Tropical Garden Paradise

Credit: Stuart McCall

It really is “a jungle out there” and no one knows that better than Gerry and FranCeen Herron. When the couple bought their Kelowna property, it looked nothing like it does today. There was “a poorly manicured lawn with a few junipers, and no flowers at all. We knew we wanted something completely different, so about nine years ago we started creating our garden,” recalls FranCeen. Over time, their original desire for “at least a pond and a waterfall” mushroomed into three water areas. Sons Jamie and Jared pitched in with the rock work and construction of walls, waterfalls and ponds.

Neighbours and friends have dubbed Gerry “the Jurassic Gardener,” and it’s easy to see why. “My interest in tropical plants started with big, leafy specimens such as Gunnera manicata,” says Gerry. “ I began reading more about tropicals and ordered every variety I could find.” Searching out the Internet and garden shows, Gerry has added such exotics as lotus, angel’s trumpet (Brugmansia), canna lily cultivars ‘Bengal Tiger’ and ‘Phasion’pbr tropicanna, bougainvillea, mandevillas, tree ferns, princess flower (Tibouchina urvilleana) and many cultivars of Colocasia and Alocasia (elephant’s ear). “Also, a seed outlet in Oregon and our local garden centre here in Kelowna both have an excellent selection,” he says. “Sometimes we experiment with a new type of seed or plant and don’t know how large they are going to grow. But ‘more bigger, more better!’”

FranCeen and Gerry’s vision was to “create a garden with a jungle-like atmosphere,” and they have been spectacularly successful. As you wander through their backyard, you feel as if you are deep in the Amazon. Towering overhead is elephant’s ear (Alocasia macrorrhiza). Bursts of sweet fragrance waft from the Plumeria alba and brilliant blossoms abound.

Gerry and FranCeen designed the garden themselves, dreaming up several garden rooms. In Tranquility Island, large tropical plants surround one of the three ponds, while Sultan’s Tent is a casual area for entertaining, with an Arabian theme using rich canopies of tropical vines such as jasmine, bougainvillea and cup-and-saucer vine (Cobaea scandens). The Rainforest brims with pots of 3.5-metre-tall (12-ft.) Alocasia and is encircled by a wrought-iron pergola. Thin hoses running along the tops and sides of the structure spew mist on hot days. FranCeen’s favourite retreat for reflection is the Waterfall Garden, and on balmy evenings, she and Gerry dip their toes at The Beach, a sandy spot complete with firepit, pond and a second waterfall. The Secret Garden is a shady retreat where the Herrons and their neighbours get together, and in The Potting Shed, backdrop for the orchid collection in the summer, Gerry germinates seeds and plants cuttings. The lighting here is his design: upside-down terra cotta pots housing lightbulbs dangle over the potting bench.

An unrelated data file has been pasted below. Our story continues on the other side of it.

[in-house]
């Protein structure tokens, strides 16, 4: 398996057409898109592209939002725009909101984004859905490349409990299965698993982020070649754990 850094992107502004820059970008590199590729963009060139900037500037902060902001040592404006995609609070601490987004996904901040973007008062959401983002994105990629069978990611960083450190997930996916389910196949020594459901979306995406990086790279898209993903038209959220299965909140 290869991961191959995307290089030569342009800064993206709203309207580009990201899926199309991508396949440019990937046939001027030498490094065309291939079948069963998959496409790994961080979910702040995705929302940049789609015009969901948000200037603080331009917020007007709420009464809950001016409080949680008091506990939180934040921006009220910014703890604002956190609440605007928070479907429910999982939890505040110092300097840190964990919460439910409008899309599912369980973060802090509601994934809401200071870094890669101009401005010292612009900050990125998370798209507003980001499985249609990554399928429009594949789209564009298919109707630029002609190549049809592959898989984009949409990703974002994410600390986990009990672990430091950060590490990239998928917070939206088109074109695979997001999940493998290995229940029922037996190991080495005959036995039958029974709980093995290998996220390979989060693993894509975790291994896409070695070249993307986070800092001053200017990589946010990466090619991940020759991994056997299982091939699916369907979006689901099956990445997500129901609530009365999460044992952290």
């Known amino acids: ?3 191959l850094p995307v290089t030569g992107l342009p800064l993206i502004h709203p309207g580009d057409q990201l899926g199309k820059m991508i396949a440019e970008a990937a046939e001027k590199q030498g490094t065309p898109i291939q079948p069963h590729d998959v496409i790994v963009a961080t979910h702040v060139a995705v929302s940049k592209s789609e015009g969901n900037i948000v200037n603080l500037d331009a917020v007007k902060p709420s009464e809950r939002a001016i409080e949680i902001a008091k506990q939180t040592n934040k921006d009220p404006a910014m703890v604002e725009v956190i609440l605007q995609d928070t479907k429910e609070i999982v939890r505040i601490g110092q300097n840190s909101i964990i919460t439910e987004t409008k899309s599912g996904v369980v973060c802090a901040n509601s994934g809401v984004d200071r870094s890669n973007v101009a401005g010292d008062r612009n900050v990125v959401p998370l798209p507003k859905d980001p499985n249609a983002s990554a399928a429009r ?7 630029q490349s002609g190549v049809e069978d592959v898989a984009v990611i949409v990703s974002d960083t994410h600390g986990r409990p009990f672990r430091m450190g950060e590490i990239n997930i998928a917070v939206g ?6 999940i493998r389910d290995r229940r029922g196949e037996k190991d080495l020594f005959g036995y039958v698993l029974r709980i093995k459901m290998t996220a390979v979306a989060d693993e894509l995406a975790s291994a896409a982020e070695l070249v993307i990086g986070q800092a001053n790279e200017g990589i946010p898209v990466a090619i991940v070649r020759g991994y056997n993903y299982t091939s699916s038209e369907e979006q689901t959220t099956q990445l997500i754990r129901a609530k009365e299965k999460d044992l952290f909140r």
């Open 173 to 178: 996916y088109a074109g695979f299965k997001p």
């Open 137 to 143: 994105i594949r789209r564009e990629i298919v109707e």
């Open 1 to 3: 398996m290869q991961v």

Challenges in this ever-growing garden are the lack of soil and the arid, desert-like conditions of the Okanagan Valley. To make matters worse, Gerry explains, the garden soil is “filled with rock and gravel because the property backs onto what was once the city’s gravel pit.” Undefeated, Gerry pots most of his plants in a combination of mushroom manure, sand, and Oh, So, Grow – a compost mix distributed by the City of Kelowna.

To bring them through the chilly fall and winter temperatures, Gerry, Jamie and Jared use a dolly to wheel the potted tropicals into the Garden Room, an addition specifically built for this purpose. While a skylight allows for some daylight, a number of 1000-watt lightbulbs provide additional heat and illumination.

So what’s next for this Jurassic Gardener? “Companion planting,” says Gerry. Variegated morning glory has been trained up a brugmansia to camouflage its trunk. Chartreuse sweet potato vines grow up colocasia, while flowering jasmine twists around an alocasia.

Every year the Herrons add new tropicals, however “my challenge,” says Gerry, “is how to triple my ability to overwinter the tropicals. The more my passion grows for these plants, the more room I need to house them.”

Nevertheless, pleasure most certainly outweighs the problems. “Our garden really gives a sense of being in the tropics,” says Gerry. “We don’t even need to leave home now – we have it all right here in our own backyard!”

Lindsay Silcocks is a freelance writer living in the Okanagan Valley.